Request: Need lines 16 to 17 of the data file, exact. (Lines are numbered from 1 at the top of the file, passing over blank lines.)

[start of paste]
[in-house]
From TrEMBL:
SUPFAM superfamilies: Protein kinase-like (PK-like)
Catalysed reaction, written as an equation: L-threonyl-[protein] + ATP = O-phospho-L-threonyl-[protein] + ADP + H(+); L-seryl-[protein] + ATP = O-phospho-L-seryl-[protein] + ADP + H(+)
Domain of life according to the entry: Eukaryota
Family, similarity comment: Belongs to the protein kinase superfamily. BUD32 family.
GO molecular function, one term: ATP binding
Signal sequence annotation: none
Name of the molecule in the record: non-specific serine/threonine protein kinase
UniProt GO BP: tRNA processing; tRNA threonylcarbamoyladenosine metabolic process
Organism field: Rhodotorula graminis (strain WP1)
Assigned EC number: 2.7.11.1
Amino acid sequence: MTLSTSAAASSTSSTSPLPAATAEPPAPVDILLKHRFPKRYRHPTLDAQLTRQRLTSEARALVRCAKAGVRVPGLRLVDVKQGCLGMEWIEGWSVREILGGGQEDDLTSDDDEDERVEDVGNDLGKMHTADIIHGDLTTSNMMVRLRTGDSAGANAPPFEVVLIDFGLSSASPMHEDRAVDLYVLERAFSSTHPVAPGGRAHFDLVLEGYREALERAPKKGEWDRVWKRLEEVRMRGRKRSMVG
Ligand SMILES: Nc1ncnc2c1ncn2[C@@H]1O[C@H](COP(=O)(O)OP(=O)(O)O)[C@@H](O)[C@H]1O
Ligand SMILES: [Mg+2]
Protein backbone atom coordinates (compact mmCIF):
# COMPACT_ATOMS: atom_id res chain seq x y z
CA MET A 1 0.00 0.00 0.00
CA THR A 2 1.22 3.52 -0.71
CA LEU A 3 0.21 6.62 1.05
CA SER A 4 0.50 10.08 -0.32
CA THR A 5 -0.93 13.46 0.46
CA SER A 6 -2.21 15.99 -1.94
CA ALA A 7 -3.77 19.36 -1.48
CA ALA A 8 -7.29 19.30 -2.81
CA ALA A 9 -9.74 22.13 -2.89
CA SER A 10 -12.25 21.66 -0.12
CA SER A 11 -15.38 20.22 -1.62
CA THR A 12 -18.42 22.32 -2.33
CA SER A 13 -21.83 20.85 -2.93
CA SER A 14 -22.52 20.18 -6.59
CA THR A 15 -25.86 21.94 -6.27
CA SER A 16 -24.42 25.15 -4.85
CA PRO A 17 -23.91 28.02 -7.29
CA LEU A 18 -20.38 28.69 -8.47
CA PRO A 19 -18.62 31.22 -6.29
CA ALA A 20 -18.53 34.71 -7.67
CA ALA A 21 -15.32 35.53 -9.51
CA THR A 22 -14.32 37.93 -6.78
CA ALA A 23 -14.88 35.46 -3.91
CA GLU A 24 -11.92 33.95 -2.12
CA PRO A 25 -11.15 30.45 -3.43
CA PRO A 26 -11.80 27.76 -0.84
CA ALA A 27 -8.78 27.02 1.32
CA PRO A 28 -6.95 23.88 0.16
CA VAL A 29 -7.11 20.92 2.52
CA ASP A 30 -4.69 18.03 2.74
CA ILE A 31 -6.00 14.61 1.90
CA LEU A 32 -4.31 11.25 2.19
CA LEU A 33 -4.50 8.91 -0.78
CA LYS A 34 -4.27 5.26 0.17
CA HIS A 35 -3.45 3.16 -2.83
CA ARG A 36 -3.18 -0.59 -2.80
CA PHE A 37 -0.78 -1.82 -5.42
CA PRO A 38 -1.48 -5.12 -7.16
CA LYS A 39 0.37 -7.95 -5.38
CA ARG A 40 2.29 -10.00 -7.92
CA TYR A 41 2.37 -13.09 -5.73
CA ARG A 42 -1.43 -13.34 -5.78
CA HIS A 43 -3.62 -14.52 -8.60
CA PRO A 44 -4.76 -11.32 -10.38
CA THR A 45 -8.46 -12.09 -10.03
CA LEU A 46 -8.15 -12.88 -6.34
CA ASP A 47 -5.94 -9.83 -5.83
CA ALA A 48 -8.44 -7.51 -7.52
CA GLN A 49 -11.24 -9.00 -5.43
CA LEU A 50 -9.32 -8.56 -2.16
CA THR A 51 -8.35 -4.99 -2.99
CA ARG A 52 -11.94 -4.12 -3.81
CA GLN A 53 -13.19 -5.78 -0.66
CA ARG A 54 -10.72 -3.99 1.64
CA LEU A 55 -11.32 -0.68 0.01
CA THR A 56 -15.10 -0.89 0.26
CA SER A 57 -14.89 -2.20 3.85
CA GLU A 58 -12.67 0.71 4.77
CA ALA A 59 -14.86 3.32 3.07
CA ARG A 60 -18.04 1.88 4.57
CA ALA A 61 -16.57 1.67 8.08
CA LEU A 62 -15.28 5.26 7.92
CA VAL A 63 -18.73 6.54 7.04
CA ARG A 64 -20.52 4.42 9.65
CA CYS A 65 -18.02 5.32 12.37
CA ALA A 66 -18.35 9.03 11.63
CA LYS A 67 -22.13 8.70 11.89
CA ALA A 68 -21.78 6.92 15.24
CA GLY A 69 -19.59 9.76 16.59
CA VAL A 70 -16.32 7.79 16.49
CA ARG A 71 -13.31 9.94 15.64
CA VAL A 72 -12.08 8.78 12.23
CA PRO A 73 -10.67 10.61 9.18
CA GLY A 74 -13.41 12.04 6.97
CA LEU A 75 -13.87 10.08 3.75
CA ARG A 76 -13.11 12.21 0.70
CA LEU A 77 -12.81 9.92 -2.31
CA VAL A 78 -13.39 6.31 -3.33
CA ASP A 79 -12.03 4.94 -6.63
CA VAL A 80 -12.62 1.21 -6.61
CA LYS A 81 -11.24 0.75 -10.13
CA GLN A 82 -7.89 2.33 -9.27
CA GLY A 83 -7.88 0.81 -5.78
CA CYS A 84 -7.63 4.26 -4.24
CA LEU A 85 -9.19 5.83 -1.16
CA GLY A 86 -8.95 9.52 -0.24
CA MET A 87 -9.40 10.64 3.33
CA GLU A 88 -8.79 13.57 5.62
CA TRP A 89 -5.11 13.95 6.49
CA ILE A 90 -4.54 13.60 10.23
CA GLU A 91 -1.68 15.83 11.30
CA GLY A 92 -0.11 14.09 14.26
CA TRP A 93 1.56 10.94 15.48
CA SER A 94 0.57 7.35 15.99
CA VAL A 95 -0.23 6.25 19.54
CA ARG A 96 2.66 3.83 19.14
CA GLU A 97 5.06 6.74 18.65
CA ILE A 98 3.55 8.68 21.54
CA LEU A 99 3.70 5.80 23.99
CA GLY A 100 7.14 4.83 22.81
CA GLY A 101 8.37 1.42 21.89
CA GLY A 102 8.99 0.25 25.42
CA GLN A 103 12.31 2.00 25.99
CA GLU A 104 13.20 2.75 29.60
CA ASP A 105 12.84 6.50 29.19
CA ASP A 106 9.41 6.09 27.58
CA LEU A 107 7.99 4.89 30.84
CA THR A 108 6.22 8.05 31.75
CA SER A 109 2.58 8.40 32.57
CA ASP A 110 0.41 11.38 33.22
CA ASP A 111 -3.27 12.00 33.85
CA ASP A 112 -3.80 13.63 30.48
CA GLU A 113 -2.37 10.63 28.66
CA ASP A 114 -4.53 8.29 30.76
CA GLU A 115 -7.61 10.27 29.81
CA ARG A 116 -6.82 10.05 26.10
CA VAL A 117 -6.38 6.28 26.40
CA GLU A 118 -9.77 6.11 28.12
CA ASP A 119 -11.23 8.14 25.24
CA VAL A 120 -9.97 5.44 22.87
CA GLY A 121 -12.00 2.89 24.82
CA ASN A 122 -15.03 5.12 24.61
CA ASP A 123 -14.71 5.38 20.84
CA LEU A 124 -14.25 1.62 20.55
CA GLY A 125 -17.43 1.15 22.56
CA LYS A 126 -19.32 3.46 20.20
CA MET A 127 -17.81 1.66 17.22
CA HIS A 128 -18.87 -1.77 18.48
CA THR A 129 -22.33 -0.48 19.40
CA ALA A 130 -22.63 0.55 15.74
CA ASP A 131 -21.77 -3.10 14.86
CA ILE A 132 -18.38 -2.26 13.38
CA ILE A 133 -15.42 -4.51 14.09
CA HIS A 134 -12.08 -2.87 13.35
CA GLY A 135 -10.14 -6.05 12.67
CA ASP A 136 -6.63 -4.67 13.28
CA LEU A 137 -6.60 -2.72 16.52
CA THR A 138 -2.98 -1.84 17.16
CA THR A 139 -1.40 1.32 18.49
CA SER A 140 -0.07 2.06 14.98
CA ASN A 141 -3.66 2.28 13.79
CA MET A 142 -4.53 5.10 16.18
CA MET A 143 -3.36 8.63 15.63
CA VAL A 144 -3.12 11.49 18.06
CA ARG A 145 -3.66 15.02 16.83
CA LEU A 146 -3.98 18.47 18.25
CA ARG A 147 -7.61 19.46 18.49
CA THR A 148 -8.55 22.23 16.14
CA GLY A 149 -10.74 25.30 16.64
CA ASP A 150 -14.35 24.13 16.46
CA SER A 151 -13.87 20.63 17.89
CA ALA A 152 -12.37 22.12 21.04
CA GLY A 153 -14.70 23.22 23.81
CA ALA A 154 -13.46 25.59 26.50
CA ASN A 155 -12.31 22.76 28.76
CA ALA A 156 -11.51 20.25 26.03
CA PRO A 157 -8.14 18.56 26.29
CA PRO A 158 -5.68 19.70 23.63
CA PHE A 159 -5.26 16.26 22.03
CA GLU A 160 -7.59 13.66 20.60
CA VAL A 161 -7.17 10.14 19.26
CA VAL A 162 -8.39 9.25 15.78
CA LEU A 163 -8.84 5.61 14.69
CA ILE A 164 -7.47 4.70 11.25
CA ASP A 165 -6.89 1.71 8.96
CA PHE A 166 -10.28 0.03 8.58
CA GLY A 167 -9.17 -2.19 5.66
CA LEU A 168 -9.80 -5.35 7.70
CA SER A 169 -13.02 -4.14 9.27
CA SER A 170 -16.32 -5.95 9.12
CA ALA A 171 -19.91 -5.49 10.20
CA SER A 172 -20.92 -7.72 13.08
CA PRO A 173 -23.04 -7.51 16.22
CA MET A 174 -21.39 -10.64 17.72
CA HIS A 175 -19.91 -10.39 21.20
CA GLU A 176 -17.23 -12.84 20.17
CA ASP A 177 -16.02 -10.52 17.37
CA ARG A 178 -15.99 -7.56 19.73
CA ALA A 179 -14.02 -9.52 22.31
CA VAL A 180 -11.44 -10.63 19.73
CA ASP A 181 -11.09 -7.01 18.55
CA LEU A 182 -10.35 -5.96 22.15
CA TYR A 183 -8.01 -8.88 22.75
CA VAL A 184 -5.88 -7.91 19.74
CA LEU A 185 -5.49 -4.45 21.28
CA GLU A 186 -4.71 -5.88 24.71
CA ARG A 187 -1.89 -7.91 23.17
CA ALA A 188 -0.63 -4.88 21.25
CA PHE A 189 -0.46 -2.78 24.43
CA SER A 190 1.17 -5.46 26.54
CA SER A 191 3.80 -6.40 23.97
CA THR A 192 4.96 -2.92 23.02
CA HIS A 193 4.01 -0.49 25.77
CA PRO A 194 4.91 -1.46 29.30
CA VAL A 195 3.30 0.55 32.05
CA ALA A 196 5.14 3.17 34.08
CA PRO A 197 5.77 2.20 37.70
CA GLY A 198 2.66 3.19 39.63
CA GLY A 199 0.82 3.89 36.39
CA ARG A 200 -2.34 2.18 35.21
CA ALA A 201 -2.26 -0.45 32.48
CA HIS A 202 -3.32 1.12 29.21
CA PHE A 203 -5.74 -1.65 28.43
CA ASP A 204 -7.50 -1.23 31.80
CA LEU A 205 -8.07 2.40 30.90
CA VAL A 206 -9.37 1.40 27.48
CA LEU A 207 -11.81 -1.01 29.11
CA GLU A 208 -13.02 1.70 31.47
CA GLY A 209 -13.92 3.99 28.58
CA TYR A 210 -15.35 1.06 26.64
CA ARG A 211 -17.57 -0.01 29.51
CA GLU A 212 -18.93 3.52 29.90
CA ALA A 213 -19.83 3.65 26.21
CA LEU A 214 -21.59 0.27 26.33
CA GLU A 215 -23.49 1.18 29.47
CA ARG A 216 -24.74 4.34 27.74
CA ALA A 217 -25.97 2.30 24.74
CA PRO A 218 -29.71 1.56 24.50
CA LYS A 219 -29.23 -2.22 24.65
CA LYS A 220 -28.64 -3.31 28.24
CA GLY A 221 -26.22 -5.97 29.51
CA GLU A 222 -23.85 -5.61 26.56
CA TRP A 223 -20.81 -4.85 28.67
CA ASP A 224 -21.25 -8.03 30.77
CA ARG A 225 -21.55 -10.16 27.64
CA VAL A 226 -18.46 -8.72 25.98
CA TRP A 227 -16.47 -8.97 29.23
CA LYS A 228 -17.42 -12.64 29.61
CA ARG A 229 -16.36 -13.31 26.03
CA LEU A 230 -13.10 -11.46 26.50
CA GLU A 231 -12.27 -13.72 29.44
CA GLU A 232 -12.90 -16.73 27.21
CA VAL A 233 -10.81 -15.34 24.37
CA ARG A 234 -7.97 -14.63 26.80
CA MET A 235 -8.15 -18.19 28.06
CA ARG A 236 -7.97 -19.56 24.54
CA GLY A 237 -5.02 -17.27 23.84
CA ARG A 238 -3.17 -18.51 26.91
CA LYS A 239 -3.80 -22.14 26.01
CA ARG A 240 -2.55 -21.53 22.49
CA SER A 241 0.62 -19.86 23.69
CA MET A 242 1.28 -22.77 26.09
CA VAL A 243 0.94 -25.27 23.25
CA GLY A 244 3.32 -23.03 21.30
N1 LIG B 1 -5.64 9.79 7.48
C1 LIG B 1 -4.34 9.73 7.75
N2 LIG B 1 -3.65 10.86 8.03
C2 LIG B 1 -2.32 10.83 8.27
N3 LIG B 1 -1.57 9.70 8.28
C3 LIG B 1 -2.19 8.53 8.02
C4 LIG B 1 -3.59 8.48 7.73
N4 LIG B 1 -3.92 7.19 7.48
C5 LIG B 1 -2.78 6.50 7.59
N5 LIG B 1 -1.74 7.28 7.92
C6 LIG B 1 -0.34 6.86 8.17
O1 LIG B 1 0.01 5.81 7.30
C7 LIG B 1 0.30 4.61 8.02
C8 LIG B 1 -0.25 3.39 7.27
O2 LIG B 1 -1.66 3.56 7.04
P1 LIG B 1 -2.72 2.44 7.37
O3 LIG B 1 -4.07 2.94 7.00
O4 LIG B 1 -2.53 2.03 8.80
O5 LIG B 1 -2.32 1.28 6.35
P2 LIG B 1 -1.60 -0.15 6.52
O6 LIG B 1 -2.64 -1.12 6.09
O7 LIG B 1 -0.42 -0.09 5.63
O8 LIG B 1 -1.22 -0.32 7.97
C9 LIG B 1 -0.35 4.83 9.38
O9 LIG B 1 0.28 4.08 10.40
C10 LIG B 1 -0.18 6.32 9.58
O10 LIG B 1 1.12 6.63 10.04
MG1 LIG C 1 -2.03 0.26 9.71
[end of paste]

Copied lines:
Protein backbone atom coordinates (compact mmCIF):
# COMPACT_ATOMS: atom_id res chain seq x y z